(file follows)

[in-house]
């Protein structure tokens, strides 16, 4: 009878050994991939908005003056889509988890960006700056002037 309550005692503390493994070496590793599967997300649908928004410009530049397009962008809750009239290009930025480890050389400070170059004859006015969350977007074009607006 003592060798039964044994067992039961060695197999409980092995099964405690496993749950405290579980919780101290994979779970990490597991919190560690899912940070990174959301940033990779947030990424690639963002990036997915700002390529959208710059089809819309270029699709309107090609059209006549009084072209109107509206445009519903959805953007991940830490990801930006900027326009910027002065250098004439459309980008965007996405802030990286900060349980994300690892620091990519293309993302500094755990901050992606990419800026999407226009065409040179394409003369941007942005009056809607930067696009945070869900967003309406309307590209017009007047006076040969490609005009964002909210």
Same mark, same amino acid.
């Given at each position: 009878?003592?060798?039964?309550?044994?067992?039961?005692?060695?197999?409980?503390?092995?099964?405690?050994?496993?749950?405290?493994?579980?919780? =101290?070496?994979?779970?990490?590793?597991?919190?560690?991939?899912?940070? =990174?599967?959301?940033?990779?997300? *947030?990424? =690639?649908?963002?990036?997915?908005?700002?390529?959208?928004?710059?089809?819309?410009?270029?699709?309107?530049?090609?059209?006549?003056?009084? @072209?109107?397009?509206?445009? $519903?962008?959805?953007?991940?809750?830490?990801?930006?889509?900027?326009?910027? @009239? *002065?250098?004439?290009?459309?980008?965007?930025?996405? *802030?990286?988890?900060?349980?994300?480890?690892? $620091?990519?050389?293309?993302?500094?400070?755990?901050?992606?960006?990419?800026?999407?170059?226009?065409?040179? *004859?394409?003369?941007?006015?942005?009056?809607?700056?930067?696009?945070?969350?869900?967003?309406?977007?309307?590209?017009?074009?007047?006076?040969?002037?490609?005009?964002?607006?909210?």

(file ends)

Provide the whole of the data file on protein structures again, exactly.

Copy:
[in-house]
């Protein structure tokens, strides 16, 4: 009878050994991939908005003056889509988890960006700056002037 309550005692503390493994070496590793599967997300649908928004410009530049397009962008809750009239290009930025480890050389400070170059004859006015969350977007074009607006 003592060798039964044994067992039961060695197999409980092995099964405690496993749950405290579980919780101290994979779970990490597991919190560690899912940070990174959301940033990779947030990424690639963002990036997915700002390529959208710059089809819309270029699709309107090609059209006549009084072209109107509206445009519903959805953007991940830490990801930006900027326009910027002065250098004439459309980008965007996405802030990286900060349980994300690892620091990519293309993302500094755990901050992606990419800026999407226009065409040179394409003369941007942005009056809607930067696009945070869900967003309406309307590209017009007047006076040969490609005009964002909210």
Same mark, same amino acid.
């Given at each position: 009878?003592?060798?039964?309550?044994?067992?039961?005692?060695?197999?409980?503390?092995?099964?405690?050994?496993?749950?405290?493994?579980?919780? =101290?070496?994979?779970?990490?590793?597991?919190?560690?991939?899912?940070? =990174?599967?959301?940033?990779?997300? *947030?990424? =690639?649908?963002?990036?997915?908005?700002?390529?959208?928004?710059?089809?819309?410009?270029?699709?309107?530049?090609?059209?006549?003056?009084? @072209?109107?397009?509206?445009? $519903?962008?959805?953007?991940?809750?830490?990801?930006?889509?900027?326009?910027? @009239? *002065?250098?004439?290009?459309?980008?965007?930025?996405? *802030?990286?988890?900060?349980?994300?480890?690892? $620091?990519?050389?293309?993302?500094?400070?755990?901050?992606?960006?990419?800026?999407?170059?226009?065409?040179? *004859?394409?003369?941007?006015?942005?009056?809607?700056?930067?696009?945070?969350?869900?967003?309406?977007?309307?590209?017009?074009?007047?006076?040969?002037?490609?005009?964002?607006?909210?």